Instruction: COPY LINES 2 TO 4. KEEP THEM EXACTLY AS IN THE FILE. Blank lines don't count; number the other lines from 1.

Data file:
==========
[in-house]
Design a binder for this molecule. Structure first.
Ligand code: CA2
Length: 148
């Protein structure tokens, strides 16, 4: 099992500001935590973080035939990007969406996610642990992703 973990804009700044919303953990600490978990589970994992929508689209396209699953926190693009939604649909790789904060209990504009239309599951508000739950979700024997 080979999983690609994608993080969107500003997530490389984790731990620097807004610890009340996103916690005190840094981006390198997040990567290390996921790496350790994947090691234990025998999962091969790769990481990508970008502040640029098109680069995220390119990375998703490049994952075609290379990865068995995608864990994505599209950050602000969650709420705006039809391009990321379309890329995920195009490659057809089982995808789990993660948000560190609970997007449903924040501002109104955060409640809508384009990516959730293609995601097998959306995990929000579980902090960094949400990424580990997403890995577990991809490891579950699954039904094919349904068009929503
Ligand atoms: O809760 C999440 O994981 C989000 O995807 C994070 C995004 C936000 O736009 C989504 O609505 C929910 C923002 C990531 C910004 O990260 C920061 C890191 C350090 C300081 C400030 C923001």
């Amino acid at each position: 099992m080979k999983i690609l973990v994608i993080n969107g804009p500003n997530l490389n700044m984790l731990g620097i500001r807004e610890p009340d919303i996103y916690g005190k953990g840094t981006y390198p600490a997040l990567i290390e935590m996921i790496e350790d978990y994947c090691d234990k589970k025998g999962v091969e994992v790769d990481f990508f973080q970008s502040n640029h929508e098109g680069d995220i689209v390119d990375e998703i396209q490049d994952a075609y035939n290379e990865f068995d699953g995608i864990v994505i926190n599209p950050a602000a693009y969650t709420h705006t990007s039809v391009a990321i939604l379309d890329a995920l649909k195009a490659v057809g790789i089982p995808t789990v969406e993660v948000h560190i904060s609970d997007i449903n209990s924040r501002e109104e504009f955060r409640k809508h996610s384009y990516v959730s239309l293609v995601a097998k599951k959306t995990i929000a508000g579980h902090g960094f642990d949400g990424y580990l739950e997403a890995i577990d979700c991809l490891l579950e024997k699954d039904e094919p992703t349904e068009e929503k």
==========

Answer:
Design a binder for this molecule. Structure first.
Ligand code: CA2
Length: 148